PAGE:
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An Analysis Of The Article Billy Budd And Capital Punishment: A Tale Of Three Centuries

1645 words - 7 pages

H. Bruce Franklin of “Billy Budd and Capital Punishment: A Tale of Three Centuries” investigates the underlying controversial feud that represents the issue of the story, and details the debates surrounding the “profound influence on American culture” (1-18).
Capital Punishment is a controversial debate that has been justified and condemned for over a century. When interpreting Billy Budd, there are two general ways to judge the novel, either by admiration or by condemning the story. Both judgments are complete opposites and are entirely hostile toward one another, a way of exemplifying the groups for and against the issue of capital punishment. The article, “Billy Budd and Capital ...view middle of the document...

This issue in the story is the portrayal of the unjust display of capital punishment that was wrongfully sentenced. Franklin emphasizes that in order to understand this issue in Billy Budd, the reader would have to obtain knowledge of the debates occurring in New York. These debates dealt with the consequence of capital punishment and the offenses committed that would deserve this sentence, one of the offenses being the clear intention to kill another, an offense Budd did not commit, as justified by the group whom condemns Vere’s decision. It is here where the controversy is presented with Billy Budd, and where the opposing groups form to either justify Vere’s decision to persecute Budd, for he clearly killed Claggart and an example needed to be presented to the other sailors that consequences would be enforced if an offense occurred, or condemn Vere for his decision, for Budd killed a man superior in his standing, but did so unintentionally. This is the critical issue presented in Billy Budd, and Melville’s portrayal of capital punishment as a whole, for the controversy in the story exemplifies the greater issues of not only the debates in New York, but the worldwide struggle to either justify or condemn the practice of capital punishment.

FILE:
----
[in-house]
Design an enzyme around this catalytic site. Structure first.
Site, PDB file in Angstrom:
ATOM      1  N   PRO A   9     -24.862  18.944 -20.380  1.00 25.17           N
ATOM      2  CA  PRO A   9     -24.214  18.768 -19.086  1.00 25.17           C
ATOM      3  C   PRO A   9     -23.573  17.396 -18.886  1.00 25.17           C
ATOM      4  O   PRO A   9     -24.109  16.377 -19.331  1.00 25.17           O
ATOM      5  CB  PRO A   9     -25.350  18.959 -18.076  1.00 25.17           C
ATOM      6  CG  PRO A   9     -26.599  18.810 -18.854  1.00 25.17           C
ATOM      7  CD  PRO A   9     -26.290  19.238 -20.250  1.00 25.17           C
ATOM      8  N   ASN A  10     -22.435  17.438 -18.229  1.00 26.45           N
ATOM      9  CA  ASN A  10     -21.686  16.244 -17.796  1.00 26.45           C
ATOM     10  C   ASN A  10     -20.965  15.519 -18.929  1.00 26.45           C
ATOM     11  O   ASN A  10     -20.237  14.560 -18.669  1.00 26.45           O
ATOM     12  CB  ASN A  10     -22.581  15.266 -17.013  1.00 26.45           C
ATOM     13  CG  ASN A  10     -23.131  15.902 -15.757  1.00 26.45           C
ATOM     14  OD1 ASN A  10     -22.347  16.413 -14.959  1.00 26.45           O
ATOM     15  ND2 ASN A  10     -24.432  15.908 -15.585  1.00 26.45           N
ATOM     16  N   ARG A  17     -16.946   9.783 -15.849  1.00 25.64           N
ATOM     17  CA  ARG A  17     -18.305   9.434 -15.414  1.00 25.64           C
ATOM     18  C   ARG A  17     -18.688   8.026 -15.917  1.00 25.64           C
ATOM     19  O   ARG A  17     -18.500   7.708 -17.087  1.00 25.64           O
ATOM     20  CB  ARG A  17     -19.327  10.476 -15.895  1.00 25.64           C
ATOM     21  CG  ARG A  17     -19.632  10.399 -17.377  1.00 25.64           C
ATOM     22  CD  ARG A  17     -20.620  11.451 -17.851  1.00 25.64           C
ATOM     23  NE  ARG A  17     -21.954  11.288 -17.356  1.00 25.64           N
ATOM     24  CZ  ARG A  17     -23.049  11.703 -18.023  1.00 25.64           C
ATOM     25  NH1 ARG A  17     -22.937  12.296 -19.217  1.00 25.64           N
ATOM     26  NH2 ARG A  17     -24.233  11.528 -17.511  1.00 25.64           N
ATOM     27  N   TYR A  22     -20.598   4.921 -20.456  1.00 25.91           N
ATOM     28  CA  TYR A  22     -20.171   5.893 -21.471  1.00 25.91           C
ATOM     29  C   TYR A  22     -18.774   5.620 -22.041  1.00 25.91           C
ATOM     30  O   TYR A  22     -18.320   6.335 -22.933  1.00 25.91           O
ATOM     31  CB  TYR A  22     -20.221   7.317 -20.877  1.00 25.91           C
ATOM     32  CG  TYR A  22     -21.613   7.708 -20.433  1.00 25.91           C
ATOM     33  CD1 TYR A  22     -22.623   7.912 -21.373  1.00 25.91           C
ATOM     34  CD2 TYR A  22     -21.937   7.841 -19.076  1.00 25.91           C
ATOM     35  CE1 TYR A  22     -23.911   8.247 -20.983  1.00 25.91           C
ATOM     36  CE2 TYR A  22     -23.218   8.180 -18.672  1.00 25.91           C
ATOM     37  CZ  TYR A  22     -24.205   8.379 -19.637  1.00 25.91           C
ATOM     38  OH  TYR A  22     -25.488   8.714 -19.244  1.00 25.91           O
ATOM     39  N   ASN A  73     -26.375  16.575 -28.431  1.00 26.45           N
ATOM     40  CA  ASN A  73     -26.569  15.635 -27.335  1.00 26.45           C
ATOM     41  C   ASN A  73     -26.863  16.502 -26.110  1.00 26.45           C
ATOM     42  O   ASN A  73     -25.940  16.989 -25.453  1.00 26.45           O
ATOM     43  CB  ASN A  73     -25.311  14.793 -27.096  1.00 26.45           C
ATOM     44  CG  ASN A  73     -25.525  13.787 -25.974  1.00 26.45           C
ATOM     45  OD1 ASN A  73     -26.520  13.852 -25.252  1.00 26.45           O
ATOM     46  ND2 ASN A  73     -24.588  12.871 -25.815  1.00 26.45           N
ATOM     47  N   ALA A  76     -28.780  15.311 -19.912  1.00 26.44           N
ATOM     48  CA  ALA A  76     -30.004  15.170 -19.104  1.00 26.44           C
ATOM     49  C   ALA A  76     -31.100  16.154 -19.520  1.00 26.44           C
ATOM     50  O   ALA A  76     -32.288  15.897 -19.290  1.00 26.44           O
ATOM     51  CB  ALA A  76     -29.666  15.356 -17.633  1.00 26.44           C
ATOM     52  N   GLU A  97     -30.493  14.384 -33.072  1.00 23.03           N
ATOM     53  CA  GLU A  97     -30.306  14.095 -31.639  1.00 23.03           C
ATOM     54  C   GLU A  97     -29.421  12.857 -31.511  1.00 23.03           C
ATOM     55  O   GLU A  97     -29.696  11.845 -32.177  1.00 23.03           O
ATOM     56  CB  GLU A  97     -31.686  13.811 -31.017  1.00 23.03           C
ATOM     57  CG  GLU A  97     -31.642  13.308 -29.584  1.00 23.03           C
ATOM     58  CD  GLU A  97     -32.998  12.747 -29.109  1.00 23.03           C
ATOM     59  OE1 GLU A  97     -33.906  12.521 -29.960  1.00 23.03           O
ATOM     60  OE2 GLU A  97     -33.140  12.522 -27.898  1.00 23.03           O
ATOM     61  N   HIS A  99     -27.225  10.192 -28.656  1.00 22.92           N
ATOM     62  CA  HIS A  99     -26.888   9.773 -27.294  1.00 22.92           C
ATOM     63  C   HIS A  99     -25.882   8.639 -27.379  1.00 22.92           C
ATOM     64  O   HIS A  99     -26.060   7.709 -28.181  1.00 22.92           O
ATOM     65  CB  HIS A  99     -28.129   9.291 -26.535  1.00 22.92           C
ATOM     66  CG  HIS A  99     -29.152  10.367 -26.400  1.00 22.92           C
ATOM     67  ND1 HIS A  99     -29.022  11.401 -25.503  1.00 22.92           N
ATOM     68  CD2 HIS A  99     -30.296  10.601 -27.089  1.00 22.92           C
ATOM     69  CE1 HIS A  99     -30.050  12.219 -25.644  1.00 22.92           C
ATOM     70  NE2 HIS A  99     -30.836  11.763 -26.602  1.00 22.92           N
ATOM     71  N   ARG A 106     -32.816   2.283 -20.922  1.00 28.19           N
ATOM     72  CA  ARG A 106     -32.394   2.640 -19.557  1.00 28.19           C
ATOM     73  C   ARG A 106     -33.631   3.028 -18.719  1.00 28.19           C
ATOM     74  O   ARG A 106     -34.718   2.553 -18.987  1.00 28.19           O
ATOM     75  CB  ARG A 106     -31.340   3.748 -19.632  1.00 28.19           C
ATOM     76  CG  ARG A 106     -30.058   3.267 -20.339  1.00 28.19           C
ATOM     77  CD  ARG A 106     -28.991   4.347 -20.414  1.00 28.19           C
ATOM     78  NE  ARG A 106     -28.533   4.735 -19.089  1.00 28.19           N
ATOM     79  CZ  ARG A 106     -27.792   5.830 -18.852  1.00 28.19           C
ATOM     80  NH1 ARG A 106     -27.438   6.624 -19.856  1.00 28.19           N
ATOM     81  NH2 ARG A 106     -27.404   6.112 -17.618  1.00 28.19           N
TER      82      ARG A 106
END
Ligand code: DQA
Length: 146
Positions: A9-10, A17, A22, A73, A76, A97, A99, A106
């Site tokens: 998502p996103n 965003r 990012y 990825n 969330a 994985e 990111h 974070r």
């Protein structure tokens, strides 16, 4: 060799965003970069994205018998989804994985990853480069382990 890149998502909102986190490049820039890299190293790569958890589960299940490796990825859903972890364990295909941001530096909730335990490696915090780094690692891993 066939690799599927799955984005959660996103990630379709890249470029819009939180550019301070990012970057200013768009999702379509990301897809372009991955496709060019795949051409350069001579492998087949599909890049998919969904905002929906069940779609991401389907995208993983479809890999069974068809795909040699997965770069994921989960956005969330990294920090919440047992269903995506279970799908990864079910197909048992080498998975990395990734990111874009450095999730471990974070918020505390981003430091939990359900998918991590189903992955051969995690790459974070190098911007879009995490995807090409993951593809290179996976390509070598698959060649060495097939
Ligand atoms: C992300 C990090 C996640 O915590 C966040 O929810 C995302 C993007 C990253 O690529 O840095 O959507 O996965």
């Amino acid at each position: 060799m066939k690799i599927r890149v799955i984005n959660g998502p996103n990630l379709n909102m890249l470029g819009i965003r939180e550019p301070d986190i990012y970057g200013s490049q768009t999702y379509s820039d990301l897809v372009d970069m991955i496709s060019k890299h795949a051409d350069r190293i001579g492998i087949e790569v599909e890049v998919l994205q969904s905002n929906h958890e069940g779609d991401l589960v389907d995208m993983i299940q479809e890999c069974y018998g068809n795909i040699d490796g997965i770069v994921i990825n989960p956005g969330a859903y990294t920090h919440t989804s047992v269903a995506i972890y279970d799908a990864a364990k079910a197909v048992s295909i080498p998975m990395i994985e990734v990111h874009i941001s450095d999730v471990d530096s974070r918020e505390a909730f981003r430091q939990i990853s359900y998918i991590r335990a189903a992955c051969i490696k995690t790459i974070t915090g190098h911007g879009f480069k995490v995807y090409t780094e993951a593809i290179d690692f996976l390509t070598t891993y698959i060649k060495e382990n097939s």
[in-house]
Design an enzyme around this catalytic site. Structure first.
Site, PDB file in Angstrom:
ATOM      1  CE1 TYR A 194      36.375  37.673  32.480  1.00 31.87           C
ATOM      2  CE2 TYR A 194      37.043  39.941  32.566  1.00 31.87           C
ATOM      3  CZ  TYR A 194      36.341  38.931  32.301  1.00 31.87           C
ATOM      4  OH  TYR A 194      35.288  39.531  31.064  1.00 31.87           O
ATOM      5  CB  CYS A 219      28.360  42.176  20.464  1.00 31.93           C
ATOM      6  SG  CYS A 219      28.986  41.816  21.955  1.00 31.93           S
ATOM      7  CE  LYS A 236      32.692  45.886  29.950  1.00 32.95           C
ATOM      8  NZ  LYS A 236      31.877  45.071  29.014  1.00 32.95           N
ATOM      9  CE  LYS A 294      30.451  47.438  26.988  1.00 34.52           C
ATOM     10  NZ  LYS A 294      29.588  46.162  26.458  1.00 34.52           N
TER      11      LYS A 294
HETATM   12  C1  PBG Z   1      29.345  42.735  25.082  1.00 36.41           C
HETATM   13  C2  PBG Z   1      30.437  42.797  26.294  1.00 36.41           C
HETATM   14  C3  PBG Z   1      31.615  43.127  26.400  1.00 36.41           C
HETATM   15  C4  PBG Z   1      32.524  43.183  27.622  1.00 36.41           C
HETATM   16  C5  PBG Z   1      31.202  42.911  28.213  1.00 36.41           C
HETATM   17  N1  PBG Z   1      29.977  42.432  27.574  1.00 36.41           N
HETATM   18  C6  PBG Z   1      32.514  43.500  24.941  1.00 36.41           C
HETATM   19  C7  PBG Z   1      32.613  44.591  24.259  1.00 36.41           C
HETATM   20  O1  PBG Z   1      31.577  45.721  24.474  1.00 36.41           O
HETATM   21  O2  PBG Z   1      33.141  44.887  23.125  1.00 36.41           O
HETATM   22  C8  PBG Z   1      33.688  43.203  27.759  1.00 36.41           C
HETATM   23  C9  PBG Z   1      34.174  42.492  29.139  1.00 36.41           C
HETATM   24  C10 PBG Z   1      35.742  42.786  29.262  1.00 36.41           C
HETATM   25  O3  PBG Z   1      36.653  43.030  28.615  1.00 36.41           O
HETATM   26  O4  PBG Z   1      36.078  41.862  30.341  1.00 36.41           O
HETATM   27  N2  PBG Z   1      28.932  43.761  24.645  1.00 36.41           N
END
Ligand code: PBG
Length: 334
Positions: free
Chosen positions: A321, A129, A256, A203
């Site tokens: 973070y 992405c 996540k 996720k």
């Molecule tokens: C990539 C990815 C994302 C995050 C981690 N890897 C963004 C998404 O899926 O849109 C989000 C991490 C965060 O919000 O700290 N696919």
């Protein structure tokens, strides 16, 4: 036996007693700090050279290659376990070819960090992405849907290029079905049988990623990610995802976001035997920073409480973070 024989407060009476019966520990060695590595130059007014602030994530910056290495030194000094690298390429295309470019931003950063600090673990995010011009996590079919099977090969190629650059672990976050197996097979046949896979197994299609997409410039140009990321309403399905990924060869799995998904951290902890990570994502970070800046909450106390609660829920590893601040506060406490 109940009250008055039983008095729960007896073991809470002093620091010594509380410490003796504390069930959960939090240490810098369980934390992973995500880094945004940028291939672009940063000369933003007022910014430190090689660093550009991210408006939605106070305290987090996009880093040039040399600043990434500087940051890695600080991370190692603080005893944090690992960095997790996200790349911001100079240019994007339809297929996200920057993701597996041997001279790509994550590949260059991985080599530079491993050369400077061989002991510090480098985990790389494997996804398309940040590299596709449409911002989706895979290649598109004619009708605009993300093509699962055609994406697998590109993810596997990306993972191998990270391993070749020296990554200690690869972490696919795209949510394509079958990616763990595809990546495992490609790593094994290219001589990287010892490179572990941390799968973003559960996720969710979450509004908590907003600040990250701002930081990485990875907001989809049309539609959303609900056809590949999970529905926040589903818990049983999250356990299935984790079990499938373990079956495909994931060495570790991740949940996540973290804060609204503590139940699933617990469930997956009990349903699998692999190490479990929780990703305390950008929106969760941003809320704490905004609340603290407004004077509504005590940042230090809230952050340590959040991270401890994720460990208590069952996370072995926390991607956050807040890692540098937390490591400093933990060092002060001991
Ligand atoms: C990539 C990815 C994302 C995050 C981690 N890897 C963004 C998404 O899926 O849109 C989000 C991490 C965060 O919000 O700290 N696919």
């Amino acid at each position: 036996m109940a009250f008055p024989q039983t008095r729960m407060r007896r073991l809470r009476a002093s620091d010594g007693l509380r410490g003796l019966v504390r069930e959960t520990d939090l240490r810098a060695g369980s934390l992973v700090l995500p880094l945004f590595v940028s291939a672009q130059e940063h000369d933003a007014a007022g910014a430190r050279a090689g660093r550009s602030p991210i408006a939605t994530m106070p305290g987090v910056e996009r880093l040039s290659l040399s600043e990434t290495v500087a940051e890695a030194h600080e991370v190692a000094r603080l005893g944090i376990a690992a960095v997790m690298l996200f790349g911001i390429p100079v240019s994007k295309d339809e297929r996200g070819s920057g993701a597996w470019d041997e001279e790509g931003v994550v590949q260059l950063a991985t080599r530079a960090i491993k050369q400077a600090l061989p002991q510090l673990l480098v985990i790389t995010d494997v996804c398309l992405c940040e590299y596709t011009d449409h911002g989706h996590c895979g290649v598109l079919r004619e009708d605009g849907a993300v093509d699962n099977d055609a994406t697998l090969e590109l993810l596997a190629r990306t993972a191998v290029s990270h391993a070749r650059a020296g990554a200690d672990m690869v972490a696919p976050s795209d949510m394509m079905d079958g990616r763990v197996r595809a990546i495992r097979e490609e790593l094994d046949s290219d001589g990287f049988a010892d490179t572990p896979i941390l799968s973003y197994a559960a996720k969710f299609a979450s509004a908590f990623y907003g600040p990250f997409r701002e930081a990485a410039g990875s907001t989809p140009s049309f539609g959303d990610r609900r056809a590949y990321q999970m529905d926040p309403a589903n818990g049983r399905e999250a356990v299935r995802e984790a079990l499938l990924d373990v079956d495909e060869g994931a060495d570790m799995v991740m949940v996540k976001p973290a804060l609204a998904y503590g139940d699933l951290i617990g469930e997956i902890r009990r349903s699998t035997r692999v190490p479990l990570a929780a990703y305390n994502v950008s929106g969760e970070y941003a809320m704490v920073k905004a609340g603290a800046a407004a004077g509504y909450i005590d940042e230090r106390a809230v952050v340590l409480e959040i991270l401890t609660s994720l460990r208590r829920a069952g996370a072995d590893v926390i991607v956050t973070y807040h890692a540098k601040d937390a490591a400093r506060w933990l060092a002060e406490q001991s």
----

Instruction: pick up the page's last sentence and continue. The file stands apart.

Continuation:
Since the “Bloody Code”, a period of time when execution was common, was disliked in both England and America, participants in both opposing groups agreed that eliminating most of the codes capital offenses would be a notable achievement in society (3). Opponents of the death penalty referred of the “Georgian Code” as barbaric and repulsive, as well as “a scandal to the rest of the civilized world” (3). Advocates of capital punishment celebrated the progress digressing away from the Bloody Code, especially since England reduced capital offenses to “three class” of murder, none including circumstances of excitement, sudden passion, or provocation (3). However, articles favoring capital punishment argued that executions should be sentenced when intended murder has taken place by the same person who either resisted arrest or was charged with another crime. Since Budd didn’t necessarily kill Claggart with intent, he still killed a man “superior in grade” while Vere instructs the court that they must dismiss the concept of his intent because nevertheless, he struck a man in a higher position than himself [Budd]. As a consequence for his offense, Budd then receives the sentencing of public execution by hanging, a form of capital punishment repulsed by groups but praised by the opposing party. However, current debates in New York were progressing and as a result, the practice of capital punishment was diminishing slowly, with multiple states reducing the consequences deserved for a punishable felony. Furthermore, punishments for committing an offense were becoming racially unjust, such as in 1848 when Virginia passed a statue requiring the death penalty for blacks be punishable by three or more years than if...

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